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Michael A. Cohen

Amazon’s culture is the American workplace

shutterstock/globe staff illustration

Last weekend, the New York Times ran a brutal expose on the workplace culture at Amazon. Work hours far greater than 40 is the norm. Being available on e-mail at all times of the day is the default expectation. Workers are encouraged to tattle on their co-workers to managers and are judged by insanely high standards. Even crying at one’s desk is a regular occurrence.

Having worked in competitive work environments — in both the public and private sector — I found that much of what was described in the article seemed all too familiar. “That’s work in America,” I thought. And that in itself is the problem. Amazon may or may not be a terrible company to work for (and plenty of Amazon workers have pushed back on the story), but the American workplace has increasingly become a terrible place for workers.

According to a 2013 Gallup poll of workers, 70 percent report that they either hate their job or are actively disengaged from what they do. Only 30 percent said they like their bosses or enjoy their job.


People complaining about their jobs is not new; bitching about “bosses from hell” is as reliable as death and taxes, but workplace frustration would perhaps be more manageable if workers were well-compensated and able have a balance between family and work.

But the reality is that hourly wages have barely budged in the last 35 years, making wage stagnation a permanent feature of the American workplace.

Fewer workers are receiving health care benefits — and out-of-pocket costs are rising for those who do get coverage. Fewer receive pension benefits and if they do, it’s generally a more risky 401(k) rather than a traditional defined benefit plan. American workers receive fewer days of vacation than their foreign counterparts, a quarter receive no paid vacation at all, and approximately 40 percent don’t even use all of their time off. “Benefits grew strongly from 1948-’73, not so much since then, and not much in recent years at all,” says Larry Mishel, president of the Economic Policy Institute, a left-leaning think tank.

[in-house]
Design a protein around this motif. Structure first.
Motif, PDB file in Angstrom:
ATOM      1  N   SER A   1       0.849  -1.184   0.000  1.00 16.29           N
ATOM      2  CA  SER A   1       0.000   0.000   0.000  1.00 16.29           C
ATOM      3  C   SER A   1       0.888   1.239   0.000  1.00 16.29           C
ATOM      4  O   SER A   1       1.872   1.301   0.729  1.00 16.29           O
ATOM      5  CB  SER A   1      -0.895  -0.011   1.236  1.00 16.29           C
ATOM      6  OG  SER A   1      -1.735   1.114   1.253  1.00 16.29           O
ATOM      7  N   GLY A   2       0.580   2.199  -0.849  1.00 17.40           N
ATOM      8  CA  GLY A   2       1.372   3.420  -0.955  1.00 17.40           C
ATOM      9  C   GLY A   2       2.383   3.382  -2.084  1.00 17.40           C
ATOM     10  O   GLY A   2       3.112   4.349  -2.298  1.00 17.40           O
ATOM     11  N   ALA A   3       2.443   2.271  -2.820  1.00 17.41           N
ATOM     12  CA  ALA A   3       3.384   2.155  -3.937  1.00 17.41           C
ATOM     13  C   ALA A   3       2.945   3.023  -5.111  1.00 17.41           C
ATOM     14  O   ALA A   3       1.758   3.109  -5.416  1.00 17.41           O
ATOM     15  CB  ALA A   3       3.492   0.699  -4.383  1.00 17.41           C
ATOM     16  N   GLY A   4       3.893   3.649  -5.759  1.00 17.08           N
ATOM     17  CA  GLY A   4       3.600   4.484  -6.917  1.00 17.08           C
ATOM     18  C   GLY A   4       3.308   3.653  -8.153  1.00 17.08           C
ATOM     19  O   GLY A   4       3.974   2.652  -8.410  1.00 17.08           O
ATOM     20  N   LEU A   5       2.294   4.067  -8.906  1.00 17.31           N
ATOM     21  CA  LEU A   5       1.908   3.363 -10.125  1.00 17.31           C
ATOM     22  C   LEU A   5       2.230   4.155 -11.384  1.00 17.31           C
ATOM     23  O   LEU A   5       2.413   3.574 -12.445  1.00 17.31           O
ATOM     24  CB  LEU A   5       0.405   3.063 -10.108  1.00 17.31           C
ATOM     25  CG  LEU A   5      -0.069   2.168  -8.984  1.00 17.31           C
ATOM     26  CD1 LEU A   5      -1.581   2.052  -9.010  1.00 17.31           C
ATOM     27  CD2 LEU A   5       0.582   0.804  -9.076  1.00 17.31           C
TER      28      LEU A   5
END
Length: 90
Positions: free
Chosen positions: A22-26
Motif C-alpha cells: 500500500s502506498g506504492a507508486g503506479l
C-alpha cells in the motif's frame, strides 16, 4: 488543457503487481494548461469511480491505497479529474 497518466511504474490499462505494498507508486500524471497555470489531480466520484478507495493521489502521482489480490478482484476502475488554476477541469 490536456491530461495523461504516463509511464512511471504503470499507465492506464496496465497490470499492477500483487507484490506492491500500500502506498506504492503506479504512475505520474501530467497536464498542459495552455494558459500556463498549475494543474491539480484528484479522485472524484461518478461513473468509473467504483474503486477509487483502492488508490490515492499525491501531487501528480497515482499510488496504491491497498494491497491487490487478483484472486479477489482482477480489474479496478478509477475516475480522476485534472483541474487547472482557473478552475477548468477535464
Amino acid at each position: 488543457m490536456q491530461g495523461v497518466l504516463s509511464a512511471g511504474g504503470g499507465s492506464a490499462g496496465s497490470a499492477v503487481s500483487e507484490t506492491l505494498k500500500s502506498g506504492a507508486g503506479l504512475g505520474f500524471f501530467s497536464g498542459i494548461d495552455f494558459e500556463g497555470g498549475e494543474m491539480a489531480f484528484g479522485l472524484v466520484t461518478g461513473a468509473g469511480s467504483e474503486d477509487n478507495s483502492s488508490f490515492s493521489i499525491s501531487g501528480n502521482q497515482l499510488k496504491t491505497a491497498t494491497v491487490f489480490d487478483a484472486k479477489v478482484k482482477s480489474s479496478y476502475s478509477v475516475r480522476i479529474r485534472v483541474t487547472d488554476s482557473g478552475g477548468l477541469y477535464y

It is hardly coincidental that these changes correspond with a steady decline in union membership — to 11 percent in 2014, the lowest level in four decades. With no one advocating for them and with fewer protections as well as lousy benefits, workers have little choice but to put up with the deprivations of a hyper-competitive workplace. It’s not as if they can rely on the social safety net to provide much benefit. With the exorbitant cost of child care, the lack of paid and sick leave (an especially tough issue for hourly workers), and the growing costs of higher education, even a lousy job is better than no job. At least Amazon workers get company stock; for many workers the result of not working hard is far starker.


Indeed, four decades of government policies that tilt the work balance in favor of companies over workers and an environment in which workplace benefits go to those who work the longest hours and leave those who can’t keep up on the outside looking in has taken a disastrous toll. Indeed, as bad as it may sound for Amazon’s white-collar workers, the challenges are far greater for blue-collar workers – and the chances of moving up the economic ladder all too limited.

To be sure, the Amazon workplace described by the Times may be ideal for some workers. Certainly those who want to prioritize their job over all else should be able to do so. The problem is for those American workers who don’t. For them, happiness in the workplace, economic security, and finding the proper balance between work and home life no longer exists.


Michael A. Cohen’s column appears regularly in the Globe. Follow him on Twitter @speechboy71.


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